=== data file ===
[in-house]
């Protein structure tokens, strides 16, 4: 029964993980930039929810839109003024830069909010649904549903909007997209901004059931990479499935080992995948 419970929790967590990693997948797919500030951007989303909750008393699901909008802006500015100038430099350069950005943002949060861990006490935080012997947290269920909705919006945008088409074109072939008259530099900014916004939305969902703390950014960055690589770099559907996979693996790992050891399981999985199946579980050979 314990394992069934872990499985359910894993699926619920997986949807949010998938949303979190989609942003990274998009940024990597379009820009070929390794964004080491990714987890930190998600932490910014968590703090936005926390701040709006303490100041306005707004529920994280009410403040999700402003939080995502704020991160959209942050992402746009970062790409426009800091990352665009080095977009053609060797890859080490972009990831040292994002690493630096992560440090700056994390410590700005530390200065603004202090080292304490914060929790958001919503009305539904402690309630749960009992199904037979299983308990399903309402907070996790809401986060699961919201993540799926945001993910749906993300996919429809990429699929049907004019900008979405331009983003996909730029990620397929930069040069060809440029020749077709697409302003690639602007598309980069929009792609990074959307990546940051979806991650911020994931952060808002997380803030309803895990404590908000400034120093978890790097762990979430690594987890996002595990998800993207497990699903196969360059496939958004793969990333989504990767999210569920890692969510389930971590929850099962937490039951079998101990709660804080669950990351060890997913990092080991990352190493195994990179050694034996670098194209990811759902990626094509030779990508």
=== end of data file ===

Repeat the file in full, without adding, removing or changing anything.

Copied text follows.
[in-house]
């Protein structure tokens, strides 16, 4: 029964993980930039929810839109003024830069909010649904549903909007997209901004059931990479499935080992995948 419970929790967590990693997948797919500030951007989303909750008393699901909008802006500015100038430099350069950005943002949060861990006490935080012997947290269920909705919006945008088409074109072939008259530099900014916004939305969902703390950014960055690589770099559907996979693996790992050891399981999985199946579980050979 314990394992069934872990499985359910894993699926619920997986949807949010998938949303979190989609942003990274998009940024990597379009820009070929390794964004080491990714987890930190998600932490910014968590703090936005926390701040709006303490100041306005707004529920994280009410403040999700402003939080995502704020991160959209942050992402746009970062790409426009800091990352665009080095977009053609060797890859080490972009990831040292994002690493630096992560440090700056994390410590700005530390200065603004202090080292304490914060929790958001919503009305539904402690309630749960009992199904037979299983308990399903309402907070996790809401986060699961919201993540799926945001993910749906993300996919429809990429699929049907004019900008979405331009983003996909730029990620397929930069040069060809440029020749077709697409302003690639602007598309980069929009792609990074959307990546940051979806991650911020994931952060808002997380803030309803895990404590908000400034120093978890790097762990979430690594987890996002595990998800993207497990699903196969360059496939958004793969990333989504990767999210569920890692969510389930971590929850099962937490039951079998101990709660804080669950990351060890997913990092080991990352190493195994990179050694034996670098194209990811759902990626094509030779990508």